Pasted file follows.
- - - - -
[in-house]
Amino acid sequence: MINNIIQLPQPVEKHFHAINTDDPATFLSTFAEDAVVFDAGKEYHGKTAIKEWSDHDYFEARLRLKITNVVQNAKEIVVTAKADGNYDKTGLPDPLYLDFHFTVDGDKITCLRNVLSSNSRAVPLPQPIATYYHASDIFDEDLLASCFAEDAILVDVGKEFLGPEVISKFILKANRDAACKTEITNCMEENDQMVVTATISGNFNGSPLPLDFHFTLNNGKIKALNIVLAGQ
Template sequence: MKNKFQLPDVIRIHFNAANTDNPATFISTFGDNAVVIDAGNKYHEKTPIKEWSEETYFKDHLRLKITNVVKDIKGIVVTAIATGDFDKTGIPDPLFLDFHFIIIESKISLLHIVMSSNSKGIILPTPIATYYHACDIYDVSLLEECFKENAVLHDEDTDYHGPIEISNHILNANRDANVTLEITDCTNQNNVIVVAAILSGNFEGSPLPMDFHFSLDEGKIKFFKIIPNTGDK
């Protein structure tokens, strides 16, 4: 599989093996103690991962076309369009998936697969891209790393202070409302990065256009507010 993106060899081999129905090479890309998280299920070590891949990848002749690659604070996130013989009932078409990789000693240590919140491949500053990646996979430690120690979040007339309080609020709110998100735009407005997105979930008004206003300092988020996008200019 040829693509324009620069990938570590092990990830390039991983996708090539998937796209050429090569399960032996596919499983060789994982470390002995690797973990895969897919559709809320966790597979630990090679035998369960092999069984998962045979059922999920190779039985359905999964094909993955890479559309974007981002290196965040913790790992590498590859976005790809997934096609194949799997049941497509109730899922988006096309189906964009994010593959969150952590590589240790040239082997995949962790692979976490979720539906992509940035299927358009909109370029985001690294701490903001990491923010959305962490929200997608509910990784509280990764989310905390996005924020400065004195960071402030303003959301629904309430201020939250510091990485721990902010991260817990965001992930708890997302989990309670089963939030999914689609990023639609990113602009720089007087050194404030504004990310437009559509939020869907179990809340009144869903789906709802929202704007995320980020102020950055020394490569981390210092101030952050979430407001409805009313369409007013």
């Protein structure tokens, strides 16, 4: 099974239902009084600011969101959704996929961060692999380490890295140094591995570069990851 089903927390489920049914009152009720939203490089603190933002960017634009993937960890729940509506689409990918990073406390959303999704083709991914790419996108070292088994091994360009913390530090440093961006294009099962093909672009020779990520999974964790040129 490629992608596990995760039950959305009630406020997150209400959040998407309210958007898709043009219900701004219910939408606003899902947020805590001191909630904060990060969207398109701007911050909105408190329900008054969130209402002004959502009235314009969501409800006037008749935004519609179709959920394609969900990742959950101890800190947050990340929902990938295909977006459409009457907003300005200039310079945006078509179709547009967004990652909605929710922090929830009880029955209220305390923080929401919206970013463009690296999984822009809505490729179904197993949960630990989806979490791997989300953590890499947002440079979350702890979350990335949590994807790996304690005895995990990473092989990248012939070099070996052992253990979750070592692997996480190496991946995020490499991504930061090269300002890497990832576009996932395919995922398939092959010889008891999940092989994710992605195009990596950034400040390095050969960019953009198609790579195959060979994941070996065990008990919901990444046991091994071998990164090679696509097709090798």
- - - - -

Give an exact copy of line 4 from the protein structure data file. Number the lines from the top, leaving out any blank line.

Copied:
């Protein structure tokens, strides 16, 4: 599989093996103690991962076309369009998936697969891209790393202070409302990065256009507010 993106060899081999129905090479890309998280299920070590891949990848002749690659604070996130013989009932078409990789000693240590919140491949500053990646996979430690120690979040007339309080609020709110998100735009407005997105979930008004206003300092988020996008200019 040829693509324009620069990938570590092990990830390039991983996708090539998937796209050429090569399960032996596919499983060789994982470390002995690797973990895969897919559709809320966790597979630990090679035998369960092999069984998962045979059922999920190779039985359905999964094909993955890479559309974007981002290196965040913790790992590498590859976005790809997934096609194949799997049941497509109730899922988006096309189906964009994010593959969150952590590589240790040239082997995949962790692979976490979720539906992509940035299927358009909109370029985001690294701490903001990491923010959305962490929200997608509910990784509280990764989310905390996005924020400065004195960071402030303003959301629904309430201020939250510091990485721990902010991260817990965001992930708890997302989990309670089963939030999914689609990023639609990113602009720089007087050194404030504004990310437009559509939020869907179990809340009144869903789906709802929202704007995320980020102020950055020394490569981390210092101030952050979430407001409805009313369409007013």